In March, 1946, the four occupying powers, acting through the allied control authority, adopted a plan for reparations and the level of post-war German economy. The objectives of the plan were to eliminate Germany's war potential, to provide reparations and yet to leave within Germany the necessary plants and equipment to permit the rebuilding of a viable peaceful economy.
Experience has shown the necessity for revision of the plan which was based on specific assumptions that have not been fulfilled. Neither the bizonal area nor all of Germany can regain economic health under the plan as it now stands. Moreover, it has become increasingly apparent that under present conditions Germany cannot contribute her indispensable part to the economic rehabilitation of Europe as a whole.
The revised plan continues to observe the same objectives as the original plan.
Consideration has been given throughout to the necessity for ensuring that the bizonal plan can be assimilated into a plan for Germany as a whole. The offer to the other occupying powers to join the bizonal area in developing a unified German economy still stands. The plan has been developed with due regard to the hope that this offer will be accepted.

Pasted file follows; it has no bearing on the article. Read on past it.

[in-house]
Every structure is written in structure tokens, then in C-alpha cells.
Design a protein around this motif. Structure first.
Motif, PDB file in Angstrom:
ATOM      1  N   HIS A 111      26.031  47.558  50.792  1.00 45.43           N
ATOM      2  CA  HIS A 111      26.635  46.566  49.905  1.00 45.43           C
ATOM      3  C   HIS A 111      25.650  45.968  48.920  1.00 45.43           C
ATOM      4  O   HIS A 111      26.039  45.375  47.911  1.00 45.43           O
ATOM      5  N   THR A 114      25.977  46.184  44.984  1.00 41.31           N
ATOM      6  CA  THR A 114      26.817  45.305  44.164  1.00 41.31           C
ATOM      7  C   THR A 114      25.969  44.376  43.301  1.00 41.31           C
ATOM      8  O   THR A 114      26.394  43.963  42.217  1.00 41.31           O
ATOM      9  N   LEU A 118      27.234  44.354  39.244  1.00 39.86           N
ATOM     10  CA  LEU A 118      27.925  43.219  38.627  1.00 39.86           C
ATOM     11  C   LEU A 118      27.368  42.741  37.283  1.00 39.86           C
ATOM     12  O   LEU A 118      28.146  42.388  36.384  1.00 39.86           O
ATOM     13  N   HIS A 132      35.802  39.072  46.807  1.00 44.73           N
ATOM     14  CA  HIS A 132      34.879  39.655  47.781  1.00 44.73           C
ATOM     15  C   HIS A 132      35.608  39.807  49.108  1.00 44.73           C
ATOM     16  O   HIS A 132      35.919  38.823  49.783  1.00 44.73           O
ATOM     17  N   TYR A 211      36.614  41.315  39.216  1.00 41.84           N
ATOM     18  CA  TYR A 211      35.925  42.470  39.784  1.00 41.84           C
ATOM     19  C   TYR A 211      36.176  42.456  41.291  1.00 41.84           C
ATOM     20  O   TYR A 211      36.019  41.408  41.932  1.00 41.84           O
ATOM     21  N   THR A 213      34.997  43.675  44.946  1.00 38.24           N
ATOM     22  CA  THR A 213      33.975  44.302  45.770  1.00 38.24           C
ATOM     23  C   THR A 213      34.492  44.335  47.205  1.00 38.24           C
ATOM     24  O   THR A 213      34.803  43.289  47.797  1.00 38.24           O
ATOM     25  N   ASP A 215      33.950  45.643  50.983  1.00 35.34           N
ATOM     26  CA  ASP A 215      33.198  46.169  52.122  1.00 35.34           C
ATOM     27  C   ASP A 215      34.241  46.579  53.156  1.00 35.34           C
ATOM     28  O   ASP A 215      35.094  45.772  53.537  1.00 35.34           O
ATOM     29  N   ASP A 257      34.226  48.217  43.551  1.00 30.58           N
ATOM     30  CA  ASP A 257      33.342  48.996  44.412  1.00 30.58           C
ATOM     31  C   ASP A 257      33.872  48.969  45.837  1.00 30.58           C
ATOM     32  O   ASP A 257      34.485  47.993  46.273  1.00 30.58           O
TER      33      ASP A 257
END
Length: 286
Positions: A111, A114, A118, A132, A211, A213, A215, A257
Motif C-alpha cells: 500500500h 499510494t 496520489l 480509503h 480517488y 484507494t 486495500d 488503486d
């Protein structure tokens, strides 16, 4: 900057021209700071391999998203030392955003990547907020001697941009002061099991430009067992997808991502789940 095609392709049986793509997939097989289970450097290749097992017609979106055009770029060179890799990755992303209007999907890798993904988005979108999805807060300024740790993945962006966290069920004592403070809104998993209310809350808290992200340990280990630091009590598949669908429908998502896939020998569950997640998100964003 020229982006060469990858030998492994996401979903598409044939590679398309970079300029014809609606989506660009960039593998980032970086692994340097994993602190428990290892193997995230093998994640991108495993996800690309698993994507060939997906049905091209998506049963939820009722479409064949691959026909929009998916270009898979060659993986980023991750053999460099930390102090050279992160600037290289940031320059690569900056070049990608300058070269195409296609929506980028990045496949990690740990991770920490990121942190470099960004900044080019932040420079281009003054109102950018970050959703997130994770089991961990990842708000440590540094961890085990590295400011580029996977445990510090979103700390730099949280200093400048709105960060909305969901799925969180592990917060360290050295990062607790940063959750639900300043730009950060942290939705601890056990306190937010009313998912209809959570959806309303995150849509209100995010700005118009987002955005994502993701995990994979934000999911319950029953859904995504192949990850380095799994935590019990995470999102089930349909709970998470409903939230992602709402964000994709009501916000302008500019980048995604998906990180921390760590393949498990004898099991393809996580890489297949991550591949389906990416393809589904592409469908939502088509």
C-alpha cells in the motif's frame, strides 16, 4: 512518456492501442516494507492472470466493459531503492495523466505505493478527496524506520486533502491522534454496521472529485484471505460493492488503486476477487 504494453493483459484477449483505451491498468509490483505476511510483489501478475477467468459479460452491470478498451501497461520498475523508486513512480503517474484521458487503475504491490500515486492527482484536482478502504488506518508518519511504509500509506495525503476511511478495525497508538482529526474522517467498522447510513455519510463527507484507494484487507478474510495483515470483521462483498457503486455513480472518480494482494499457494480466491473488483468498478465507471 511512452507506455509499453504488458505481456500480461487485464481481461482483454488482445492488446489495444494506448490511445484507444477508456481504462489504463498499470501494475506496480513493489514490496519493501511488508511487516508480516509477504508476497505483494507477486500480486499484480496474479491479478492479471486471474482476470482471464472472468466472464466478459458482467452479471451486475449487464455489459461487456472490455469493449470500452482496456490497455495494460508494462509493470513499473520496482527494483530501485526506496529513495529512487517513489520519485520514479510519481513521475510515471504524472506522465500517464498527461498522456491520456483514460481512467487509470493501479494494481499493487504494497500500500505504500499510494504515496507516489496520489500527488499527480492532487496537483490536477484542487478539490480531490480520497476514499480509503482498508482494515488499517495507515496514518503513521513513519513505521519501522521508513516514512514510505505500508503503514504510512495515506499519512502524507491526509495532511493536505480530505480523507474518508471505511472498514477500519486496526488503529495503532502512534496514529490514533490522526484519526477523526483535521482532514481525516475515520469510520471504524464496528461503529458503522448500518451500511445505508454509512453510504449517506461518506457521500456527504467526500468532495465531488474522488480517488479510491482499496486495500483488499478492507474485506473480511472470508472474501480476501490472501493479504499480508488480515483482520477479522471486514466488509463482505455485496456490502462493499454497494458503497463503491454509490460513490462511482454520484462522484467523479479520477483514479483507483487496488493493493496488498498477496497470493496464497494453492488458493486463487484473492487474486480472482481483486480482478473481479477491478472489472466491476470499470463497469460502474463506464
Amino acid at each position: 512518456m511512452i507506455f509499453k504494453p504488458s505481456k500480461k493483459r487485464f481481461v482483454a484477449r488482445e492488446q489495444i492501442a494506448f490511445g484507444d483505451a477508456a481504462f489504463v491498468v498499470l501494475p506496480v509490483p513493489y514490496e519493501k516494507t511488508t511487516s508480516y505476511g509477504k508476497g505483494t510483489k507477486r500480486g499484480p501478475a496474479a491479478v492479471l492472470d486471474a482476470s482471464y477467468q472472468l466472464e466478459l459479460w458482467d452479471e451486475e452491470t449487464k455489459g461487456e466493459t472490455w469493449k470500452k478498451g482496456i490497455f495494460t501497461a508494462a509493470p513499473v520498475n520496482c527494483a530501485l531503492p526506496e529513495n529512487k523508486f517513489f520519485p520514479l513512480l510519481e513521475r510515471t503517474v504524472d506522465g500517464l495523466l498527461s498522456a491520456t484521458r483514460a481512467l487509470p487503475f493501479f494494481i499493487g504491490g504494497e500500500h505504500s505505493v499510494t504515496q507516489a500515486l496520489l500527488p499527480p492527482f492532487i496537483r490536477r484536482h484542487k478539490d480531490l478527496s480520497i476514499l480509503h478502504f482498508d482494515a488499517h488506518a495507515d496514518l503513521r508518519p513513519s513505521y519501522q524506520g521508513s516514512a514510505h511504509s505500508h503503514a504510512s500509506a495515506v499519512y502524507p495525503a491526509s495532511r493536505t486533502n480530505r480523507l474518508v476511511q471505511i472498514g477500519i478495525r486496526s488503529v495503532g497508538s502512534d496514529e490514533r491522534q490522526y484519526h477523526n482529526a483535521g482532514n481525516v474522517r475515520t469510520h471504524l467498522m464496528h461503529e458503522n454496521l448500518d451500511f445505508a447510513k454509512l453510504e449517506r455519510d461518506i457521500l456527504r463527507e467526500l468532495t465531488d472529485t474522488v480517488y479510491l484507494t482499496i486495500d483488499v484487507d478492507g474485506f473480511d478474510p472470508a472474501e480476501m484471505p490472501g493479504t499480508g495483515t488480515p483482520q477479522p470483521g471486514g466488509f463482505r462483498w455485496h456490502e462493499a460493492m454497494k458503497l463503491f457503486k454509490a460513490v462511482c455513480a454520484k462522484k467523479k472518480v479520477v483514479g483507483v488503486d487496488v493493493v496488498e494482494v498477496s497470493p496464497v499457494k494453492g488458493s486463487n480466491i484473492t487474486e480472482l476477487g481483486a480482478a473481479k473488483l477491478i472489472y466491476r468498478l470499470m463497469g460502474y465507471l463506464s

I. GENERAL CONSIDERATIONS
The industrial capacity retained under the March 1946 plan was estimated to provide production equal to 55% of 1938, which would have been about 70-75% of 1936 production. The effect of the new plan will be to retain sufficient capacity in the bizonal area to approximate the level of industry prevailing in Germany in 1936, a year that was not characterized by either boom or depressed conditions.
A. The old plan provided for very sharp cuts in production capacities in the metals, machinery and chemicals industries, from which the bulk of reparations were to be obtained. It is impossible to provide a self-sustaining economy in the bizonal area without materially increasing the levels in these industries. Substantially the entire difference between the original and revised plan is in these reparations industries since the original plan already provided for maximum, and in some cases unrealistic, levels for the non-reparations industries. Under the revised plan, capacities in the metals, machinery, and chemical industries will be sufficient to permit production at levels averaging about 5 or 10% less than in 1936. As compared with the war year 1944, the proposed levels represent a reduction of 55 to 60%.